Nutrition Series: Fuelling your Body for Optimal Functioning

 In Exercise and Health

Optimal Functioning

Whether you are operating a high-performance sports car built for speed, or a family SUV built for functionality – the fuel you put in the engine will directly impact how that vehicle runs. With a poor fuel choice, the engine risks breaking down, requires more frequent servicing and likely reduces the total life span of the engine. The human body, your vehicle, operates on the same theory. Fuel your body with good nutrition, and you are increasing your engine’s capability to run smoother, last longer and require less calls to RACQ.

Fuel your body with good nutrition, and you are increasing your engine’s capability to run smoother. #performbetter @pogophysio Click To Tweet

Consuming wholesome nutrition for the most of your diet, is imperative to all facets of your health, fitness, and performance. If we are looking for our physical best performance on the field, in the home, in the office or on the job site – we simply cannot overlook nutrition. Optimal nutrition choices are linked with better health for now and into the future as we age. Nutrition deficiencies (i.e. not consuming enough macro and micronutrients) and the over consumption of poor food choices, leads to a number of lifestyle diseases. Poor nutrition has been linked to a multitude of health conditions ranging from the less-severe to the life threatening, including (but certainly not limited to):

  • Impaired physical performance (decrements in energy availability – effecting even the most well-conditioned athletes)
  • Injury prevalence and prolonged rehabilitation time
  • Skin irritations, oral decay
  • Food intolerances
  • Hormonal irregularities (causing irregular menstrual cycles,
  • IBS (irritable bowel syndrome)
  • Mental health and mood fluctuations
  • Fertility
  • Childhood development and growth
  • Bone mineral density (bone strength)
  • Type 2 Diabetes Mellitus
  • Cardiovascular Disease
  • Alzheimer’s Disease
  • Cancers
  • Overweight/Obesity

…and the list goes on.

So, we understand the vital importance of becoming more conscious of what we eat and drink, but where do we start? There is a wide array of nutrition/diet plans, programs and pills heavily marketed in all forms of media today. Unfortunately, a lot of the popular products and diets sold are not healthy, safe, or suitable for everyone. The market is littered with conflicting theories, opinions and advice from seemingly ‘health experts’.  To best navigate your way through and make optimal choices for your health; knowledge of the core fundamentals of nutrition and a healthy dose of scepticism and open-mindedness is recommended.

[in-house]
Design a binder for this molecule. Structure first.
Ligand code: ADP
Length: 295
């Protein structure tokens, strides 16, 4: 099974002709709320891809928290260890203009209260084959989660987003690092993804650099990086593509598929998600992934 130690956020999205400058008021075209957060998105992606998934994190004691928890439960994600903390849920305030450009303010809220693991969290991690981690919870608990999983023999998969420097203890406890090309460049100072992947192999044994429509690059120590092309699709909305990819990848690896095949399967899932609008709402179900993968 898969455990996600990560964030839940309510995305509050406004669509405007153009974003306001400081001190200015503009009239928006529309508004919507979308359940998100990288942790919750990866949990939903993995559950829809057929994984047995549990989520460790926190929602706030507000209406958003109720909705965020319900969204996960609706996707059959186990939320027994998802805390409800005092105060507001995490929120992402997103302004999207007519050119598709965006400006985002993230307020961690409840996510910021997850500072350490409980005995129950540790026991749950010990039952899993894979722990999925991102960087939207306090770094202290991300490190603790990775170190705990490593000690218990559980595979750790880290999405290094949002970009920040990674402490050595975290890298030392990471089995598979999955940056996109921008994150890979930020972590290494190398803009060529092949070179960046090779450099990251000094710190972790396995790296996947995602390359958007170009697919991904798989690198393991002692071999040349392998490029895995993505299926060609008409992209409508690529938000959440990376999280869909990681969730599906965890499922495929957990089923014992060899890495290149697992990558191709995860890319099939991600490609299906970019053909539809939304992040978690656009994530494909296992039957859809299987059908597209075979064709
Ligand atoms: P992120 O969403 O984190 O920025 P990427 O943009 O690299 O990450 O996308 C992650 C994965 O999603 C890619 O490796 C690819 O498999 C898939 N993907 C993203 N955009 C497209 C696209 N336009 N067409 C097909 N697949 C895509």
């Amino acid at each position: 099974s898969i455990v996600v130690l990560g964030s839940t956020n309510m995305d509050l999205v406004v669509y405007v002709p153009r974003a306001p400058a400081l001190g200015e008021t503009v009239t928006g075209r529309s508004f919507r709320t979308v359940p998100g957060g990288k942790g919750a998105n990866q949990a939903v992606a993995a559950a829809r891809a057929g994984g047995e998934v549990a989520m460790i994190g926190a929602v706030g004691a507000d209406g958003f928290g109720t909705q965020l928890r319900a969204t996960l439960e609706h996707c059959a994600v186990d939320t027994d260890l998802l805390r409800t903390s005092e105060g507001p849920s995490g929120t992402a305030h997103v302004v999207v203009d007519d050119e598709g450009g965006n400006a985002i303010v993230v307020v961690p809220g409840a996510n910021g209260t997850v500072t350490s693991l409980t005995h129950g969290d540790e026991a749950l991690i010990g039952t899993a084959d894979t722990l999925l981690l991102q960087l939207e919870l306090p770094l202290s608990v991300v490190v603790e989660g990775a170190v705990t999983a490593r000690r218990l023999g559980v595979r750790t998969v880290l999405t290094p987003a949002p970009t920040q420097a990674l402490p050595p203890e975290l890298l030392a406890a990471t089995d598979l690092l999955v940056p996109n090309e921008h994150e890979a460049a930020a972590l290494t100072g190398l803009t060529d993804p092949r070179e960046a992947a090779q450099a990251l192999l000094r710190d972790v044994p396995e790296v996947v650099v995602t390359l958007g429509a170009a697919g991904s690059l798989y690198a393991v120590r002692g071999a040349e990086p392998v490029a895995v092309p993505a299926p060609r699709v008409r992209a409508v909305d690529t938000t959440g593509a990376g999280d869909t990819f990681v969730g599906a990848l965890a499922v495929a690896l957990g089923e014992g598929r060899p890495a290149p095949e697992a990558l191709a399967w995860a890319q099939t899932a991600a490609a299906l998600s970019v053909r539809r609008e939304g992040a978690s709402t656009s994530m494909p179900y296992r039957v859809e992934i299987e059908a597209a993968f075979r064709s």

Optimal Functioning


Optimal Functioning


Optimal Functioning


Just as we are all unique, our nutritional requirements differ greatly due to our varying body types, energy requirements, genetics, and health history.

The most beneficial, safe, and effective diet program, ensuring long-term success MUST be led by you. Led by your personal food preferences, your hunger and appetite cues, your cultural beliefs, suit your financial status and your lifestyle. Learning how to ‘listen to your body’ will define how often you should eat and how much to eat.

Learning how to ‘listen to your body’ will define how often you should eat and how much to eat. #performbetter @pogophysio Click To Tweet

However, your body is designed to maintain your current body weight (even if it is larger or smaller than what is considered healthy) – therefore, if you are trying to lose or gain weight, your body will ‘protect’ itself and signal cues counter-intuitive to this (i.e. when weight loss begins you will think you crave calorie dense foods, etc.). Therefore, until we have learnt how to accurately ‘listen’ to these cues, this approach will not be sufficient. Following is a recommendation based on different body types.

Optimal Functioning

You are unable to know exactly how your body will respond in advance. Maintain flexible and learn to adjust your portions based on your hunger, feeling of fullness, physical activity level and progress towards your goal. Be patient and kind on your body. Remember that significant change takes time and consistency is key. Rather than focussing on a “quick-fix” mentality, shift your mindset to a lifestyle-fix. Key items to a healthy and sustainable diet for now and into the future includes; consumption of foods rich in vitamins and minerals that are as minimally processed as possible (plant and animal sources), adequate consumption of protein-rich foods and adequate hydration.

Stay tuned for a follow-up blog of where to find the best sources of macronutrients (carbohydrates, fats, and proteins), meal planning and preparation.

Ashlie Rainbow

Ashlie Rainbow
Exercise Physiologist

Featured in the Top 50 Physical Therapy Blog


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